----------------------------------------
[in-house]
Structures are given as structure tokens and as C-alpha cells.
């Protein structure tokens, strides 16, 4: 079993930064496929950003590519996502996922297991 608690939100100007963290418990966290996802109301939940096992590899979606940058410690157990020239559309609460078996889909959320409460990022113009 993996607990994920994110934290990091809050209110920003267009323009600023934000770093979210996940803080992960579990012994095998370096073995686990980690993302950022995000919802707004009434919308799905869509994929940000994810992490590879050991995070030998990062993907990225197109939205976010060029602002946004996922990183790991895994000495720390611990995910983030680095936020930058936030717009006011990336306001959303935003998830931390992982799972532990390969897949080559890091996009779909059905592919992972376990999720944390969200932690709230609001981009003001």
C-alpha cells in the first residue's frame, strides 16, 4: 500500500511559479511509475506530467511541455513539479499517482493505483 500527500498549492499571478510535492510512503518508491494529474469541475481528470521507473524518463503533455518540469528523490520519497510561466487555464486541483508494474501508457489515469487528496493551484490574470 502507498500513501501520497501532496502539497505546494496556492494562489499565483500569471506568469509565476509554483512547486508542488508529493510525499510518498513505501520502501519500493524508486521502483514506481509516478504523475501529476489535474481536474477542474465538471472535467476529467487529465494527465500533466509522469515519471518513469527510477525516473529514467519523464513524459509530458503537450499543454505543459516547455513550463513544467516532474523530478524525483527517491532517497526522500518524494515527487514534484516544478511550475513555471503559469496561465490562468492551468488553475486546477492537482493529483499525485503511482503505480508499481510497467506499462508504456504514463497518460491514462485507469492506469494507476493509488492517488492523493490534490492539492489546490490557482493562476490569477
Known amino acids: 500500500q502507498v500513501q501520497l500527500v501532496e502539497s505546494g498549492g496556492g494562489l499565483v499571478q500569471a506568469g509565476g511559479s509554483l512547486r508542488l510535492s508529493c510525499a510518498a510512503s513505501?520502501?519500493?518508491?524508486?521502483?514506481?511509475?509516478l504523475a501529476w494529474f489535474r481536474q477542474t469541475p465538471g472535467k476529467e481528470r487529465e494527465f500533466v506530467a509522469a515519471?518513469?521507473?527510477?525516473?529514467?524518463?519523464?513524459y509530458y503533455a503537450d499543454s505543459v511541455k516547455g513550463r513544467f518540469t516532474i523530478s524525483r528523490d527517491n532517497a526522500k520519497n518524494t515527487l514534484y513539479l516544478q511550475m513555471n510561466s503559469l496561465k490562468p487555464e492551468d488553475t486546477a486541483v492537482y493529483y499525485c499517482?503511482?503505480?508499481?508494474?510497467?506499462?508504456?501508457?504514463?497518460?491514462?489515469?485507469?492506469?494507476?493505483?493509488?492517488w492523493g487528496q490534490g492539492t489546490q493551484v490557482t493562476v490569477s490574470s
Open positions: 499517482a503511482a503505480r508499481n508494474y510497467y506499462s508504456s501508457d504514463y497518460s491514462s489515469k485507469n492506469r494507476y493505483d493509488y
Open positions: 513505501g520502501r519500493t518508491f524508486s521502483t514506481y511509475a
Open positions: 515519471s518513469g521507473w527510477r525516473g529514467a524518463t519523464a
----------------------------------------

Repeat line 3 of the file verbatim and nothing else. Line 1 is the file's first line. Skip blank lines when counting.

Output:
């Protein structure tokens, strides 16, 4: 079993930064496929950003590519996502996922297991 608690939100100007963290418990966290996802109301939940096992590899979606940058410690157990020239559309609460078996889909959320409460990022113009 993996607990994920994110934290990091809050209110920003267009323009600023934000770093979210996940803080992960579990012994095998370096073995686990980690993302950022995000919802707004009434919308799905869509994929940000994810992490590879050991995070030998990062993907990225197109939205976010060029602002946004996922990183790991895994000495720390611990995910983030680095936020930058936030717009006011990336306001959303935003998830931390992982799972532990390969897949080559890091996009779909059905592919992972376990999720944390969200932690709230609001981009003001």